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  Chinese Way>Life

Pugilist healer

2013-07-22 13:16:32



Liu Qing treats his patients with Chinese massage, the mechanics of martial arts, acupuncture, scraping, cupping and sports medicine. Photos Provided to China Daily

TCM heals with a regime that includes body and mind, as Mike Peters intimately discovers in Beijing.

The elevator glides noiselessly to the top floor of a 10-story residential building in Beijing's Sanyuanqiao area, and I step toward apartment number 1009 with the same anticipation I came with last week. I am hoping Master Liu Qing will beat me with a stick. Two sticks, in fact.

Liu, 41, is no reincarnation of the 18th-century Marquis de Sade. The martial artist from Cangzhou, Hebei province is a master of regional styles such as kaimen baji quan, which means "open-gate eight-extremities fist". A leading teacher of this style once famously said, "I do not know what it's like to hit a man twice."

Liu, however, is not waiting behind his door for any sort of combat. His training - which starts in childhood for boys in his hometown - also included health-oriented offshoots of his martial arts. Today, his holistic practice includes Chinese massage (qigong), mechanics of martial arts, acupuncture, scraping, cupping and sports medicine.

In the treatment I'm anticipating, his sticks are a pair of cloth tubes about the size of small umbrellas, and they are packed with sand, beans and herbs and stitched up to form rods or "sticks".

In Liu's hands, the effect is more reminiscent of Charlie Watts, the Rolling Stones drummer, than David Carradine. The technique is energetic and stings like the devil, yet it's oddly soothing.

The sticks also have a cool story behind them.

A fifth-generation court medicine practitioner, Chen Zuoxuan, recently told a national medical conference that the rods were first documented in 1901 during the Qing Dynasty (1644-1911).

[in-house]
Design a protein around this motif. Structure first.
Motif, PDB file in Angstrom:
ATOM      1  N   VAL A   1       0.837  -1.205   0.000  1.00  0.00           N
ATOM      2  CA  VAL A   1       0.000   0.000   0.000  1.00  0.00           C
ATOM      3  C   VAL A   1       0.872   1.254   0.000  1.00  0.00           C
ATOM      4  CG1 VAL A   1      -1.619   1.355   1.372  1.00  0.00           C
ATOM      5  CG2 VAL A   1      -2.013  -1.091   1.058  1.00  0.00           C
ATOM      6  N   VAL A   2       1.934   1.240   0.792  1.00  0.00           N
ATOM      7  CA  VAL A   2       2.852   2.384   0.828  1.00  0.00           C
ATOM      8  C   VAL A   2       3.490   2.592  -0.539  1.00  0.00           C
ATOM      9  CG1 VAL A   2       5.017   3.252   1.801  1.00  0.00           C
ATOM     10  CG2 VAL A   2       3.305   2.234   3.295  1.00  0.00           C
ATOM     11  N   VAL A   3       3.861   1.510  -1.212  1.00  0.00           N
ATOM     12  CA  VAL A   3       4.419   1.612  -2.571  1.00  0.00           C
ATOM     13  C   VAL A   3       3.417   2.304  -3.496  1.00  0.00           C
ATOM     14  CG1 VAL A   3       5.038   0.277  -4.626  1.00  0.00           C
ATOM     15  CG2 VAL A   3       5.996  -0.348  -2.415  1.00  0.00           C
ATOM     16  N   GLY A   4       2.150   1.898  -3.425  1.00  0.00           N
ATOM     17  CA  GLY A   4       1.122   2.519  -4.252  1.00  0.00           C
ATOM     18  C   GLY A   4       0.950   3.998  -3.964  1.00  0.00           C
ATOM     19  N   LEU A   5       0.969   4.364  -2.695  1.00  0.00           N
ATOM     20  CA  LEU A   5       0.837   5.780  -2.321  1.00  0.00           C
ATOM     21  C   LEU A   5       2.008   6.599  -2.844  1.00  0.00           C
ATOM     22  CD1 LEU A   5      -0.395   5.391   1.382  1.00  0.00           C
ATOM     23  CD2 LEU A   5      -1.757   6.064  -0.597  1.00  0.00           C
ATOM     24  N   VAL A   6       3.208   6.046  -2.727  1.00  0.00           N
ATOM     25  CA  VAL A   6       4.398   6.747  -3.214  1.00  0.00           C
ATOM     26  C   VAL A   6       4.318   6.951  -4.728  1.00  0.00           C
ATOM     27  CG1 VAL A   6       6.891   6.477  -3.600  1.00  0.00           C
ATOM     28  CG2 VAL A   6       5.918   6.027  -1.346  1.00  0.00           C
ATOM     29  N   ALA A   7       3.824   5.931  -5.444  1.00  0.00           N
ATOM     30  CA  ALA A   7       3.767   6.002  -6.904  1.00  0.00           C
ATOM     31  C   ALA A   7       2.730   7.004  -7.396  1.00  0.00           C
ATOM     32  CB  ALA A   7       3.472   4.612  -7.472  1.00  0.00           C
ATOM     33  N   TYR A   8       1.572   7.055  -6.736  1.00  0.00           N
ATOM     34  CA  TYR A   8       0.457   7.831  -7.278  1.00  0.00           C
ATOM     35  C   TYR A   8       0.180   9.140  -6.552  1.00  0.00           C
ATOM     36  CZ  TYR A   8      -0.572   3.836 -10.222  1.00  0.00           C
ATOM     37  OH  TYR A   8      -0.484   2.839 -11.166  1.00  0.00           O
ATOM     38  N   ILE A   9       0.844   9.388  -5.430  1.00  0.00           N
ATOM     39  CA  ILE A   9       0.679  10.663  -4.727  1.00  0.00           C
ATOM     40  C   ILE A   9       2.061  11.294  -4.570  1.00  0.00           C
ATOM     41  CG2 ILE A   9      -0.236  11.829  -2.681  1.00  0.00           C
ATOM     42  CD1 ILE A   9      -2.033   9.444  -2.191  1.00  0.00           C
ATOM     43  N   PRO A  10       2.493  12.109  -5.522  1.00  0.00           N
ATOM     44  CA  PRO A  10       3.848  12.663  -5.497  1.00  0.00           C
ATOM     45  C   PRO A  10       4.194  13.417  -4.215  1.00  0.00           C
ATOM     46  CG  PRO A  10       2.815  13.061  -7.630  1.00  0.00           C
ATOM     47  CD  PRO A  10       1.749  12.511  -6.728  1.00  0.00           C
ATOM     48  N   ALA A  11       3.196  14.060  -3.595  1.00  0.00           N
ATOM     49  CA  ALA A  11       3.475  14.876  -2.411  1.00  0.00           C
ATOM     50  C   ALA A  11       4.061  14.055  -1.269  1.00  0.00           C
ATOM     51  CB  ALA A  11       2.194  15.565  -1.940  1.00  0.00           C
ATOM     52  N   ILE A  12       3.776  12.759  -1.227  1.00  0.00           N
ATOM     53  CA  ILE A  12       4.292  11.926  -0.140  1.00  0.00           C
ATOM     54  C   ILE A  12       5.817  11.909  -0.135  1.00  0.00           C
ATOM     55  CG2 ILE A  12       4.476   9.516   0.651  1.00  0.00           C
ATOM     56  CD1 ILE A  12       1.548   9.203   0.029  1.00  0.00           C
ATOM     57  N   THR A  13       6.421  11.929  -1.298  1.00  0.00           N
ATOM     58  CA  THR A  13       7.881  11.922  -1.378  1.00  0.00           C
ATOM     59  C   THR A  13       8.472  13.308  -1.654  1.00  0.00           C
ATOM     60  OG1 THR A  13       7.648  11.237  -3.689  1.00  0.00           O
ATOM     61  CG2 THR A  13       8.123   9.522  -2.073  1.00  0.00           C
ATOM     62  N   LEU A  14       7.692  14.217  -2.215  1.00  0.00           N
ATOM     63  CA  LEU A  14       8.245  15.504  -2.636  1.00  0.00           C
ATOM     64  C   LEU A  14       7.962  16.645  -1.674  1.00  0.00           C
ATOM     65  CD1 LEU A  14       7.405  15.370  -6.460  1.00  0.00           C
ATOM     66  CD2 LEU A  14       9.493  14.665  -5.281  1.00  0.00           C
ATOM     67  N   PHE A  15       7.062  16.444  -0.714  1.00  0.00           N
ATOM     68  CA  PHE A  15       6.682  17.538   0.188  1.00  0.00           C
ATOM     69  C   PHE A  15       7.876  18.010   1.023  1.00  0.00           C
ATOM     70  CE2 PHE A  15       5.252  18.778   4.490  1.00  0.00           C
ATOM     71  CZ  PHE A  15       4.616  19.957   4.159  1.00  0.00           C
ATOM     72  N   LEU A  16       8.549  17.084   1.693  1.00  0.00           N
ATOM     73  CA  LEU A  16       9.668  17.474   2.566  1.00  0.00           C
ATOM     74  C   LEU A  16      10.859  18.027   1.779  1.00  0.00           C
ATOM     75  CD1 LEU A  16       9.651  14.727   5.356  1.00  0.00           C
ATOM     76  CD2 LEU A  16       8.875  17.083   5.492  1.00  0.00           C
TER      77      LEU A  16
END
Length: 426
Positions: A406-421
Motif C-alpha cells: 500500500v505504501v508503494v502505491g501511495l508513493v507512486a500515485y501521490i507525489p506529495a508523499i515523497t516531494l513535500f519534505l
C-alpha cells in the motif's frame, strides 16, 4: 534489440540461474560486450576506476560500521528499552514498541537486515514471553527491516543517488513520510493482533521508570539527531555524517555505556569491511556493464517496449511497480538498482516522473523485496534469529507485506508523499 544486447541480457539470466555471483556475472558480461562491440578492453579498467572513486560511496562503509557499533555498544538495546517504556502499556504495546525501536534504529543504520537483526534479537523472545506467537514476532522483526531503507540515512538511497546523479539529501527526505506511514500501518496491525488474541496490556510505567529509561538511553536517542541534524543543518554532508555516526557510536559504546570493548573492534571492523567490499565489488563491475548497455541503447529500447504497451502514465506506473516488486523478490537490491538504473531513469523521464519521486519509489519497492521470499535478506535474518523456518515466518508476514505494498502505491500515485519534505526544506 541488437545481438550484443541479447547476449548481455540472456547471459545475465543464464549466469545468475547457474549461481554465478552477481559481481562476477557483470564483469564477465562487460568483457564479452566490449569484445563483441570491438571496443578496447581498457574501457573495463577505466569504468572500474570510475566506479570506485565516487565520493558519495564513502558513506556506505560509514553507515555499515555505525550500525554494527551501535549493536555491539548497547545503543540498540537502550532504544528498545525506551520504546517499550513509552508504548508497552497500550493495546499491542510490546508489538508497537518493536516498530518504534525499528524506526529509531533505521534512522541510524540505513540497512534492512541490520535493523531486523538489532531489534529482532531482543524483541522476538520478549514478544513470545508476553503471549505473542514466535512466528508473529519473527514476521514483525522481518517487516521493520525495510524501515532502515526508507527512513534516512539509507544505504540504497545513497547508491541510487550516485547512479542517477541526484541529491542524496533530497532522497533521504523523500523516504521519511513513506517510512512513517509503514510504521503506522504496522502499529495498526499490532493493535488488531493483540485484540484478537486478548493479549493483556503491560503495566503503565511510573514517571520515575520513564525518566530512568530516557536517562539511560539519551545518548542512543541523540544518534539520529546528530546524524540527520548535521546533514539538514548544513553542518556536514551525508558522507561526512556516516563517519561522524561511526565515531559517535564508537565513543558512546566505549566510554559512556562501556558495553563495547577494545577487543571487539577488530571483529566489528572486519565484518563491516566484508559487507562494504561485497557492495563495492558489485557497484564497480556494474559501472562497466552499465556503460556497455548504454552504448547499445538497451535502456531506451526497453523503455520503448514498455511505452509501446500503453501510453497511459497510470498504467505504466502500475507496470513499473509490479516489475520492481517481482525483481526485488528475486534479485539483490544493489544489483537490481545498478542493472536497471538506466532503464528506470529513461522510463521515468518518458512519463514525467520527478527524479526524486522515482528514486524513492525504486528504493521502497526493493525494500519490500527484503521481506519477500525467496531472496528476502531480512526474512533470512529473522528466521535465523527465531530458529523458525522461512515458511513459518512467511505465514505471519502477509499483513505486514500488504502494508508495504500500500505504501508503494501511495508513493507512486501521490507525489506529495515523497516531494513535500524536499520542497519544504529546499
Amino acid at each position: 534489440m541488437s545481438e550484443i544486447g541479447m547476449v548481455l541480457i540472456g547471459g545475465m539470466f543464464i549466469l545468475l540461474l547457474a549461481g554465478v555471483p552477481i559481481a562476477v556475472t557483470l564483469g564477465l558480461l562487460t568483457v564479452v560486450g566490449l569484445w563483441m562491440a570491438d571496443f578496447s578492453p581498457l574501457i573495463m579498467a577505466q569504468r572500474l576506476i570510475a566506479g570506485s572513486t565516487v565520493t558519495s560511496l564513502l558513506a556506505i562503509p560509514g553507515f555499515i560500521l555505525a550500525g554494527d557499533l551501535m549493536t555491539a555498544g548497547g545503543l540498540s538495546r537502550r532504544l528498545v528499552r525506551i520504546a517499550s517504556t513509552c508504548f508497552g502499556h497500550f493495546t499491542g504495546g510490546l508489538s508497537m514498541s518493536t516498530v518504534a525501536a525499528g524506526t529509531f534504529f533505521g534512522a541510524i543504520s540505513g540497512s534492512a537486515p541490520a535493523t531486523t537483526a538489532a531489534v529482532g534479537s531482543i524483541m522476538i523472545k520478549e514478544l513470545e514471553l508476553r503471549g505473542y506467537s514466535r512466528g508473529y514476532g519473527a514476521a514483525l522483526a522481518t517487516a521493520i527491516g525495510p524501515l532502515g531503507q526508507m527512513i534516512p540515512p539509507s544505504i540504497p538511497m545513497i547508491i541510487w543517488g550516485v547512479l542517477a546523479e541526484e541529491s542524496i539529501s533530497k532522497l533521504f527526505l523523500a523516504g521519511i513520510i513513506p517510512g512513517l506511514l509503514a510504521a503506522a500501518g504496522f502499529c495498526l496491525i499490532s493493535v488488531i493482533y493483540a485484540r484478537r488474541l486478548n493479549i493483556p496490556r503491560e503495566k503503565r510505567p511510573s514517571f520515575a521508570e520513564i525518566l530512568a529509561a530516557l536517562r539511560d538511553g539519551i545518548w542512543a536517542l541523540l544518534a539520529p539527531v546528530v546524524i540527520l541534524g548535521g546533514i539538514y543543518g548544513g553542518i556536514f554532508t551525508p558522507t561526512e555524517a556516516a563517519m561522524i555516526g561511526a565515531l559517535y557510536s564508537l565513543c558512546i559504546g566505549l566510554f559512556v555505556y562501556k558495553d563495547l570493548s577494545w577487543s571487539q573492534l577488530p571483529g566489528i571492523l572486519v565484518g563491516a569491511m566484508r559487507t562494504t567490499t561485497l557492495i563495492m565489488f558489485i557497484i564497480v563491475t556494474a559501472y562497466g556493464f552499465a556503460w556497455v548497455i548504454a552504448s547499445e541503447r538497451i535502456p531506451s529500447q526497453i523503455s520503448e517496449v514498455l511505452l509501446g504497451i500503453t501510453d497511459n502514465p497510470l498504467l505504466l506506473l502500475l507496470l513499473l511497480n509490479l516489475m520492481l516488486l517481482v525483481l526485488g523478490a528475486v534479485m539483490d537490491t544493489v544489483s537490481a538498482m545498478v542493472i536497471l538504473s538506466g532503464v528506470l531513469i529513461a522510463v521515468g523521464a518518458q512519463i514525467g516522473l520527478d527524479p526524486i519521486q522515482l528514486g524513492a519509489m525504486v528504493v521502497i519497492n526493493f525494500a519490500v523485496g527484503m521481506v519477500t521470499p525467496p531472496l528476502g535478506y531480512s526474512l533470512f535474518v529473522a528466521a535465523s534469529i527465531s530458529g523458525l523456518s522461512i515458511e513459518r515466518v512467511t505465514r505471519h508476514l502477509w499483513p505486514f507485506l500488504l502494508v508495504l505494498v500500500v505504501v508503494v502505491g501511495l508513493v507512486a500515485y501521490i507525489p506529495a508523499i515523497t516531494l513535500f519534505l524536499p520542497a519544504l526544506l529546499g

Head eunuch Li Lianying developed the energetic meridian-beating approach, and is said to have pleased the Empress Dowager Cixi by reviving many of the concubines and imperial maids in the palace from severe depression or other ailments, curing them in just 20 days.

The delighted empress declared, "You should also make some improvement on the rods. Instead of stuffing them with sand, you should think about using some herbs. Let's call them Auspicious Rods."

At the 21st-century massage studio of Liu Qing (, they are called "Astrotech rods". But while Liu has made a point of studying Western and contemporary medicine (at a medical institute in Fangshan district of suburban Beijing), his art is firmly rooted in Chinese tradition. The pair of rods he uses are a modified version of traditional implements for martial artists, who use longer, thicker rods to hit their own bodies to promote blood circulation and flow of qi through meridians.

Upon arrival, visitors are waved to a seat at a low tea table, a wide, glass-topped bronze bowl surrounded by four legless chairs. A solitary goldfish roams the aquatic landscape below the dark brown clay tea service, and Liu prepares a light green brew with movements as graceful as the swimming fish.

The burbling air pump blends into a gentle fugue with a recorded Tibetan chant as Liu gently pours the tea's first steeping on the heads of three Buddha clay figures perched on the tea tray. He reaches for more hot water, and pours the next brew into delicate cups, first for his client, then for himself.

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